The issue that seemed the most potent for voters was also the most controversial. The BJP is a Hindu nationalist party and has always made a point of this orientation. In Modi's first run at leadership, he worked to downplay that nationalism and made a solid show of reaching out to the Muslim population (which is over a third of India). Over the last five years, the nationalism reasserted itself and was an important part of the campaign this time around. In the last few years, there has been a considerable rise in anti-Islamic sentiment. Extremist groups have even attacked Muslims. The BJP leaders have been accused of turning a blind eye to these attacks and Modi has shifted further and further towards the nationalist position. The result was a near overwhelming Hindu voter support for Modi.
The main opposition party is the Congress Party. This vote was one of the most crushing defeats they have suffered in their long history. The leader of the Congress Party is Rahul Gandhi—great grandson of Jawaharlal Nehru, grandson of Indira Gandhi and son of Rajiv and Sonia Gandhi. This made him the inheritor of the Gandhi legacy but he has never been comfortable in that role. He has been described as a technocrat and not a politician. That was evident in this election. Even those that have been longtime supporters of the Congress Party were uncomfortable with his leadership. Now there is a question as to whether the Gandhi dynasty survives this defeat. The fear within the ranks of the Congress Party is that a leadership challenge will cause a serious split over who would lead. Some would support Rahul; some would support his far-better-liked sister Priyanka. Still others would reach beyond the Gandhi family.
The most salient question now is what Modi does with his next five years. He has promised to continue the economic reforms that would allow India to take advantage of the challenges China has been facing, has promised jobs and has promised massive aid packages aimed at the poor, but he has also supported a lean budget and limited tax increases. He has indicated that a more confrontational posture will be adopted towards Pakistan, which feeds into the anti-Muslim attitude that has grown in recent years. His relations with the U.S. are decent, but Modi and Trump are far from boon companions. He has asserted that India wants a "strongman" and that his autocratic style fits the times. Free from worries about reelection, he will likely be that much more assertive in his second term and he has the parliamentary support to back up his plans.
The Country of the Future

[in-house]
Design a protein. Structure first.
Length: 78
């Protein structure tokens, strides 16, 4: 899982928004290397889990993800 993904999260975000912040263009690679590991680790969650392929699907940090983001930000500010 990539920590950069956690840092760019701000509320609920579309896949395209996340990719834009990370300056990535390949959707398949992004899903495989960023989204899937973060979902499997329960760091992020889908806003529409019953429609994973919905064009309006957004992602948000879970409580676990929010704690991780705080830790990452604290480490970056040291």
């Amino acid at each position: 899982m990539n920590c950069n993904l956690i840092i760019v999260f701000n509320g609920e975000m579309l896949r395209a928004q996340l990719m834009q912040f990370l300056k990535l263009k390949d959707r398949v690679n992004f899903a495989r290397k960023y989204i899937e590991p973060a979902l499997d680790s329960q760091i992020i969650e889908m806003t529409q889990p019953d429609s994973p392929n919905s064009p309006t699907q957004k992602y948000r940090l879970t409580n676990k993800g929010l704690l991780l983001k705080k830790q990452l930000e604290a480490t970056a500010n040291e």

By now, everybody has heard that rather tired characterization of Brazil, a reference to the fact that a nation with so much going for it has never been able to get it all together. It can't seem to take advantage of its commodity wealth, its industrial capacity and its relatively well-educated and hard-working population. Over the last 13 years, one of the major impediments to Brazilian growth has been the rocky relationship with the U.S. The governments of both Inacio "Lula" da Silva and Dilma Rousseff were from the left—led by the Worker's Party. There were some overtures from the Obama administration, but the governments did not see eye to eye on much. There is a renewed effort to build cooperation between the U.S. and Brazil now that their leader is referred to as the "tropical Trump." It is assumed that Jair Bolsonaro will have a good relationship with the U.S. president, and that may indeed be the case. The problem is that Brazil and the U.S. are definitely rivals when it comes to their core economies. That is not going to be easily overcome.
Analysis: There are three economic areas that separate Brazil and the U.S. By far the most important is agriculture. Brazil is one of the world's largest producers of soybeans, wheat, rice and corn. It is also a world leader in the export of livestock. These are the same commodities the U.S. produces. In many cases, the Brazilians are the major competitor for U.S. farmers. Right now, the success of the U.S. tariff strategy against China is dependent on what Brazil does as they have the ability to supply China with the soybeans they need—even if the Chinese are cut off from the U.S., Brazil would like access to the U.S. farm market. That is something that U.S. farmers vehemently oppose.
There are also manufacturing conflicts. Brazil produces products that challenge U.S.-made versions—everything from Embraer airplanes to all manner of construction equipment, oil field equipment, high tech hardware and so on. Brazil wants to sell more into the U.S. and the U.S. wants better access to Brazil, but both governments are pursuing highly protectionist agendas given what their political supporters are requiring. The U.S. has once again agreed to pay U.S. farmers for their losses due to the tariffs imposed by China. Now would not be a good time to suggest Brazil ship soybeans to the U.S. The Trump team has tried to get Bolsonaro to reduce sales to China and they have been rebuffed. The manufacturing sector is no different as Brazil makes many of the same products the U.S. does.
Beyond these specific areas of conflict, there is the fact that both leaders push ardent nationalism and that makes cooperation with any other nation challenging. Brazil wants to compete with the U.S. for influence in Latin America. That is not a course of policy the U.S. favors. Brazil has its own ideas as to what to do about Venezuela and they do not always align with the plans put forward by the U.S. It is also important to understand that trade with Brazil is not a big deal for the U.S.—it amounts to around $200 billion a year. That is roughly a sixth of the trade between the U.S. and Mexico. This is despite the fact that Brazil has a two trillion-dollar economy as compared to slightly less than a trillion for Mexico.